Friday, July 10, 2009

God Has Filled My Life with Priests

As promised yesterday, here is the post about priests. It seems to be an appropriate topic, given that this is the Year of the Priest.

This week I received (1) an enote from Fr. E, our parish priest, who is currently on the East Coast, substituting for a parish priest there who is out of town, (2) a Skype message from Padre (Fr.) Julio, a priest in Colombia who substituted at one point in our parish (followed by a voice conversation with him in English and then his mother in Spanish), and (3) a phone call from Fr. B, the director of our local Franciscan retreat center (and monastery). That concatenation of interactions reminded me that it is indeed the Year of the Priest. Thank God for priests! God has filled my life with them, and they in turn have filled my life with blessings.

I realize what a special gift God has given me when I look around and see that many parishes have no priest or borrowed priests and when I see that many of my friends' interactions with priests are only for significant life events (weddings, funerals, emergencies), during confession, and after mass. The extreme irony of this gift is that until three years ago, I had only ever met three priests (all of them Orthodox) and then only once each for a solitary greeting and mass, as a result of catering to the spiritual needs of Shura, the Russian Orthodox Siberian child artist dying from spina bifida whom I took into my home years ago.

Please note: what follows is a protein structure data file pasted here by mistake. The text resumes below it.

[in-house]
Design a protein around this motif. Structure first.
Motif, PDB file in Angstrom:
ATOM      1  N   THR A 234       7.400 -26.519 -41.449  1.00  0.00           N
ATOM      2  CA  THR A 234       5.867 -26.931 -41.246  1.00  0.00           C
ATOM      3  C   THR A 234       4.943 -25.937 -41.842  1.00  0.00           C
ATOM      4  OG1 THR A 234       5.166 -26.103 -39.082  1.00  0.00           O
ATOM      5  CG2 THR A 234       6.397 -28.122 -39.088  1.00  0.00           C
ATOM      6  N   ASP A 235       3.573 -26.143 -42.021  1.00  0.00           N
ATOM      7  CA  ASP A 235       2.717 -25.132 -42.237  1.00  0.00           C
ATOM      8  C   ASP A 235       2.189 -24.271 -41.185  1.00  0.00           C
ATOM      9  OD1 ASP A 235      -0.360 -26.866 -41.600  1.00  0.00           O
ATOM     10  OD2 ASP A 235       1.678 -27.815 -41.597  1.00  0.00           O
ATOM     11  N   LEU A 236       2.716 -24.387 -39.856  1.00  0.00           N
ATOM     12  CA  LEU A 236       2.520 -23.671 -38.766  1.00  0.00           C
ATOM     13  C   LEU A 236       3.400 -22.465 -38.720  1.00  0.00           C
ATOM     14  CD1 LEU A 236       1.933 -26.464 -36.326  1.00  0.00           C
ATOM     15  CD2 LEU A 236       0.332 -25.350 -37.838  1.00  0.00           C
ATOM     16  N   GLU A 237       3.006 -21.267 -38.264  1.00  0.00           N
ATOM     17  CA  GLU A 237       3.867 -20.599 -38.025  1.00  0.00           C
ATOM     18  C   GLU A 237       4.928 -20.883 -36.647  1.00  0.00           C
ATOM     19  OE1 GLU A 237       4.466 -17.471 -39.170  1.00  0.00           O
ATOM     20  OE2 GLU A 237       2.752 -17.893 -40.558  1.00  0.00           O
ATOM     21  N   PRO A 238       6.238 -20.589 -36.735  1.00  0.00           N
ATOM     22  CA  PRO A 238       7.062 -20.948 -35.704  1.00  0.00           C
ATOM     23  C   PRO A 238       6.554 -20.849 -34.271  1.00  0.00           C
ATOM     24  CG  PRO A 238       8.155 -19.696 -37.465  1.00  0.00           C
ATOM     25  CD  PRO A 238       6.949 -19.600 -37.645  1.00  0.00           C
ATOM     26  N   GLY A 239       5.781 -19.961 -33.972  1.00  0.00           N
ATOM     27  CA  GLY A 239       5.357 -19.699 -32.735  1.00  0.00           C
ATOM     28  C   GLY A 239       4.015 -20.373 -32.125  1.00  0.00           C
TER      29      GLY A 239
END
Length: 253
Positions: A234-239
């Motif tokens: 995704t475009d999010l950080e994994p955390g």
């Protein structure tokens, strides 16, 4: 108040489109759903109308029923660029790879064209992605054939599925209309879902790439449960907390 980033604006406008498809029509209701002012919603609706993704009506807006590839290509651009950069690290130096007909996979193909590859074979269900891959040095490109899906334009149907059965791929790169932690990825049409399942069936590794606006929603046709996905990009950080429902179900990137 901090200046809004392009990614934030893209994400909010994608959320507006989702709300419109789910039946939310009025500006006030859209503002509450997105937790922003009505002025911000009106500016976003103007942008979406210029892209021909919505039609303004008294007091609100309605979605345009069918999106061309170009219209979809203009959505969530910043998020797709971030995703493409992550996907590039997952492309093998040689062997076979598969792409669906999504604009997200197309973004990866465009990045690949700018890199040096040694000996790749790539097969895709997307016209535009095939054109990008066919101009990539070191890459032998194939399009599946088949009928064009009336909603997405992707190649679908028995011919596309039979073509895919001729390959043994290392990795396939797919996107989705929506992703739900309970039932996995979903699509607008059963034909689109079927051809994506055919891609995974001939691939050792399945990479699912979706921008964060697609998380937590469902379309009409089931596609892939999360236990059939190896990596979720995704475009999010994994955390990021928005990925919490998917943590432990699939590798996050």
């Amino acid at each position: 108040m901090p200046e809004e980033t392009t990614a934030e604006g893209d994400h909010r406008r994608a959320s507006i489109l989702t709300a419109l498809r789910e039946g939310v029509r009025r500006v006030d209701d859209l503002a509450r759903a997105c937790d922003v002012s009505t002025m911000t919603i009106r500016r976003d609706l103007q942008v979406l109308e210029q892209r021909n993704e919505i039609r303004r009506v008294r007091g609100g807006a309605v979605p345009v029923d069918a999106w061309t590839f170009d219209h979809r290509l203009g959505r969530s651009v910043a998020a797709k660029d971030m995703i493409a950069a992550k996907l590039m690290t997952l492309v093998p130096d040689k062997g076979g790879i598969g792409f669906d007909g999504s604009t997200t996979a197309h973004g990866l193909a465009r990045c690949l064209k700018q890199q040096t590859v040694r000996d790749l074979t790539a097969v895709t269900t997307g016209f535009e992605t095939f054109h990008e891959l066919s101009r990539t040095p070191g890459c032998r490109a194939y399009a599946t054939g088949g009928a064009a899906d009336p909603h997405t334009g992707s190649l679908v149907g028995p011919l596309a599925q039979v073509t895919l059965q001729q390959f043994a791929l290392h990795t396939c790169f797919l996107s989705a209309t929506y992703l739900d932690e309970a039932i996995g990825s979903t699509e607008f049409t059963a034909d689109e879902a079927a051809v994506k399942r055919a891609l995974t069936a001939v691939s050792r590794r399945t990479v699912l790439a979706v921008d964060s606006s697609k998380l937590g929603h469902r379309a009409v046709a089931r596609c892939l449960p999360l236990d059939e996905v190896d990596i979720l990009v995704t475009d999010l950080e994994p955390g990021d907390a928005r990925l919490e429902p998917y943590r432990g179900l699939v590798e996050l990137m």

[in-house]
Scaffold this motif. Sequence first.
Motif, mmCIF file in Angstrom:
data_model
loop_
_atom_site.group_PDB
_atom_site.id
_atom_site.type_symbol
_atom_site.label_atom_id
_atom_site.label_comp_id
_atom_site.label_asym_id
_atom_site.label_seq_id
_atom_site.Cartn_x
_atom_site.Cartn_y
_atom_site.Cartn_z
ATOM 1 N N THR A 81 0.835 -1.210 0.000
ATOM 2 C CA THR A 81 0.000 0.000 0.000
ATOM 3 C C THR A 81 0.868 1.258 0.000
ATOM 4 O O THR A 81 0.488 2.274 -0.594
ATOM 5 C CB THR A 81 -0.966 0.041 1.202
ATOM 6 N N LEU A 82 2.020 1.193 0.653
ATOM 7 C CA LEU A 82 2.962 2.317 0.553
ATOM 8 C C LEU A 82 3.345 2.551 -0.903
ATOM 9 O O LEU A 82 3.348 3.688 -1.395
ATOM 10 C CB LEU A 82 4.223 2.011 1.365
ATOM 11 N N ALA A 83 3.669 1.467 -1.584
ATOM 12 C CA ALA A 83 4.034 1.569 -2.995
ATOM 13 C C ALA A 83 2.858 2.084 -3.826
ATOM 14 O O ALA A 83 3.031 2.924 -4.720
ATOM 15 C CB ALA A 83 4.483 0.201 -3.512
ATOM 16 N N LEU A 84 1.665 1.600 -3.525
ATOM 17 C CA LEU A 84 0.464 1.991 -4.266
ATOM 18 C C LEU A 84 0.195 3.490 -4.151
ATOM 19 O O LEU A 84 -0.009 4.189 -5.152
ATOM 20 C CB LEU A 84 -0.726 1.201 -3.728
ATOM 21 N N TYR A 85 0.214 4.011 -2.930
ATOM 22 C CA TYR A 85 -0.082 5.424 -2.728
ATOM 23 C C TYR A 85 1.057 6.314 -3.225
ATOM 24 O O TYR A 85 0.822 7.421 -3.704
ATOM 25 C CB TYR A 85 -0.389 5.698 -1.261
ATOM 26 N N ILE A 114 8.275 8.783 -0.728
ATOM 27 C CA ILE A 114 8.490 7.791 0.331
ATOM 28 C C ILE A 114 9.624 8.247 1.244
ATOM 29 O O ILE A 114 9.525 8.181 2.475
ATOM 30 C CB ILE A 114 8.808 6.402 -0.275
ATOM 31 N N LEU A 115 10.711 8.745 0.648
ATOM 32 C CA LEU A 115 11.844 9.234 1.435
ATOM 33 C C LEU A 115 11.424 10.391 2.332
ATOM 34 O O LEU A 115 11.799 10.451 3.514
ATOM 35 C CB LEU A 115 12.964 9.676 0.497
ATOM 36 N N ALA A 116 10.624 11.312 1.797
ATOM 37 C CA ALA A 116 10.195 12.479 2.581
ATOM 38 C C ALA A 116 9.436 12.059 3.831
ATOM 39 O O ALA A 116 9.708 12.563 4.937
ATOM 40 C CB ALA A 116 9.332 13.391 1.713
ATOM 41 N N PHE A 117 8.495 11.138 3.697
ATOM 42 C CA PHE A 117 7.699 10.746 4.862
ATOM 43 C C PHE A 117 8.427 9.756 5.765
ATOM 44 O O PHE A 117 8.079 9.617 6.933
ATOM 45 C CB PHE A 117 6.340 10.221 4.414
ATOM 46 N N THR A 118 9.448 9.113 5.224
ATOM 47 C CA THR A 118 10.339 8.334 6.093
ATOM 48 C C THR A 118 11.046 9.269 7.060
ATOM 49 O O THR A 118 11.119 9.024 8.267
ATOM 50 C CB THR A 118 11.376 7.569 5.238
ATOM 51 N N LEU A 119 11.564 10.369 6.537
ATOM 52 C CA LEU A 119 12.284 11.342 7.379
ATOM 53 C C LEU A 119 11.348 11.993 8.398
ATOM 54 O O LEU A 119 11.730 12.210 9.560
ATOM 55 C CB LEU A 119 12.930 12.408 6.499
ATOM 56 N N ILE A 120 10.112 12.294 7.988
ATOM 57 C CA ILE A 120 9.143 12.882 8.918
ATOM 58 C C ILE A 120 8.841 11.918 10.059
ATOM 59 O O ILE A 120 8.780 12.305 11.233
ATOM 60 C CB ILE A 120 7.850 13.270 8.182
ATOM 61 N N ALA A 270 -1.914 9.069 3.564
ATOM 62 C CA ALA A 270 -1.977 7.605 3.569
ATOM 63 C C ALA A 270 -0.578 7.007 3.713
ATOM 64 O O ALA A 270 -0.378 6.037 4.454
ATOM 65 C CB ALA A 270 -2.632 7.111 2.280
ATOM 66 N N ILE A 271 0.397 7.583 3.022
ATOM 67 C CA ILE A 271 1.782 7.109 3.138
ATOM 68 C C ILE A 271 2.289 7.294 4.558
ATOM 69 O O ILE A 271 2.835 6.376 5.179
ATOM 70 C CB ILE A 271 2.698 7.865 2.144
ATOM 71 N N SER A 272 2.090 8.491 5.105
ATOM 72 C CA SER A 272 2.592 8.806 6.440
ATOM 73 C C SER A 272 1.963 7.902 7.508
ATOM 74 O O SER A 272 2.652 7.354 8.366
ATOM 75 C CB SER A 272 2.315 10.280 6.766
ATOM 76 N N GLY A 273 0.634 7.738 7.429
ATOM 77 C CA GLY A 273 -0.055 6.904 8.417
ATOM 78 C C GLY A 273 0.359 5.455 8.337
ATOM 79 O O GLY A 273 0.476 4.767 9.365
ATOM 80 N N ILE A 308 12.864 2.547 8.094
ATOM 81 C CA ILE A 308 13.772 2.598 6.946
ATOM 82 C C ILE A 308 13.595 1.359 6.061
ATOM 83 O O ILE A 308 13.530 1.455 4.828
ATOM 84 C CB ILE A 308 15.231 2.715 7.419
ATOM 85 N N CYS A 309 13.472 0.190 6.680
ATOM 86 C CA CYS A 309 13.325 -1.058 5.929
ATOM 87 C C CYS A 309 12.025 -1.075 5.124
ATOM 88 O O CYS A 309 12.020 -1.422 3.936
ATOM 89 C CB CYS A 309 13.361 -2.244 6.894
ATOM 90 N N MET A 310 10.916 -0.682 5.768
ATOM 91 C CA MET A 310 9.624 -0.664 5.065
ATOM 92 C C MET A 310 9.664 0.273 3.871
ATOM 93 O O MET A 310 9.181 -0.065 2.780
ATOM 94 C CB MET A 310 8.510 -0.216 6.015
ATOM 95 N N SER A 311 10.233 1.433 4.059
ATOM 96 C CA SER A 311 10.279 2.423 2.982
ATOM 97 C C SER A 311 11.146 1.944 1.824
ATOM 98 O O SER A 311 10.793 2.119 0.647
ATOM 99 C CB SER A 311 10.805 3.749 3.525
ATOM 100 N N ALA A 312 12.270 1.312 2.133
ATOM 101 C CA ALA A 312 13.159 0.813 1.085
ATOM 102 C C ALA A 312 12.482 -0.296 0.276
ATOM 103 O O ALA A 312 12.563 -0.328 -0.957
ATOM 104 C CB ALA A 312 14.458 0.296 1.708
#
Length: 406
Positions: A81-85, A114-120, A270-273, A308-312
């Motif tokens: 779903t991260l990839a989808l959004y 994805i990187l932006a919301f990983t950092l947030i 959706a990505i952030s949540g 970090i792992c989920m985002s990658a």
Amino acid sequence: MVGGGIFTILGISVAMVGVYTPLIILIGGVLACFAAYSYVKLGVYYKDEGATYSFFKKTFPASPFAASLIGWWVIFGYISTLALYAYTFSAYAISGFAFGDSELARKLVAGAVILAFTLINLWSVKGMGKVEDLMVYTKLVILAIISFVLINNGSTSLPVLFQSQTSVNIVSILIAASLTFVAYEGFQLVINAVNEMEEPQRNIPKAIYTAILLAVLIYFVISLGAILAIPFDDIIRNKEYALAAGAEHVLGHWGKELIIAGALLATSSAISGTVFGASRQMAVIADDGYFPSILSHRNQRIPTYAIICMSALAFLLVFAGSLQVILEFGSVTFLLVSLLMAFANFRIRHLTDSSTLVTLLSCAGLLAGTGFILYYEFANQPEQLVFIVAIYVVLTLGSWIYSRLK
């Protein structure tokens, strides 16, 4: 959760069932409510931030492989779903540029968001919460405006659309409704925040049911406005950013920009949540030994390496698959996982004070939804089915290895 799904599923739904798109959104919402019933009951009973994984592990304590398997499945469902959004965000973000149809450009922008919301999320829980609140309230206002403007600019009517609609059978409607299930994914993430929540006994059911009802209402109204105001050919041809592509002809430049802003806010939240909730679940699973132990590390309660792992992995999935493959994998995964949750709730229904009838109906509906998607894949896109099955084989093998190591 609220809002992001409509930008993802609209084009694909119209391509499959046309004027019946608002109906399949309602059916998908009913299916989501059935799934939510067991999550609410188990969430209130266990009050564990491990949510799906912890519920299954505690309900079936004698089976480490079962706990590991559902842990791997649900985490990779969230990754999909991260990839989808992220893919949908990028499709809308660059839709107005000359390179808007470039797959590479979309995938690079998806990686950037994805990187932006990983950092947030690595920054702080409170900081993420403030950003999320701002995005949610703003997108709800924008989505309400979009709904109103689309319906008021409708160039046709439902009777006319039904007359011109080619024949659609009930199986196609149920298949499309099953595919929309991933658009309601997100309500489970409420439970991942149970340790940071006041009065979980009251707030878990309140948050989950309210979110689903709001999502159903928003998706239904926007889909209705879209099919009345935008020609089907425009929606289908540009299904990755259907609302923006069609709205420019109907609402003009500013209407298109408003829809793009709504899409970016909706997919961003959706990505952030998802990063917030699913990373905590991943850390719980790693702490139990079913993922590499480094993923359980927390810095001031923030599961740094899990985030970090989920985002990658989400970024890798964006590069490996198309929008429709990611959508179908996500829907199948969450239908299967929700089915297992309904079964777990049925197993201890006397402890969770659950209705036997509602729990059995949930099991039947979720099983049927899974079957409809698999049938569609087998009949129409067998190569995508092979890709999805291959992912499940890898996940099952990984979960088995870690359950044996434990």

I often wonder why God feels that I deserve this amount of interaction. Perhaps it is more that I need a greater depth of instruction, being a person that He pulled from the wayside and plunked down, totally bewildered, in the middle of His flock. Maybe, too, He was worried that I would stray away from the flock and begin happily cavorting in the bramble bushes again. No fear of that! He has filled my life with priests!

First and foremost there is 80-year-old Fr. B, whom I dearly love. He seems to have seen everything there is to see. He has traveled the world, studied a variety of religions, spent time in the Holy Land (where I lived for an awesome two years), holds several degrees, including one in psychology, and made a film on the significance of each part of the liturgy. A Franciscan and a deeply spiritual and knowledgeable mystic, he was the perfect RCIA instructor for me. He has since left our parish--he was an interim priest here--but has remained in our town as director of our local retreat center & monastery. Since leaving our parish, he has become my de facto spiritual advisor. When I have received "messages" that have totally startled me and point me in directions where I am certain I am not capable of going, I have run to Fr. B for guidance. He accepts these spiritual experiences and helps me sort through what seems to be authentic and what may not be authentic -- and he convinces me that if I am pointed in a direction, I should go where it leads, trusting God to provide me with the wherewithall to follow (and, of course, God always does -- which, on a very deep level, I do fully trust will happen).

The second priest in my life is Fr. E. An Irishman by birth and rearing, he is a down-to-earth 50-year-old with an immense sense of humor and adventure. He has held mass on a local mountain top, serves as chaplain for the fire department (and rides along), and can be found jogging around town mornings, often underdressed for the weather, or participating in marathons to raise money for a good cause. Being a catechist, I have come to know him pretty well, and he has been very supportive in the matter of our granddaughter's health. A very important thing for our parish (and me) is that Fr. E is a wonderful confessor. He sees very clearly to the heart of nearly any matter. And, if he is jovial in his homilies, he is engaged and spiritual in the confessional.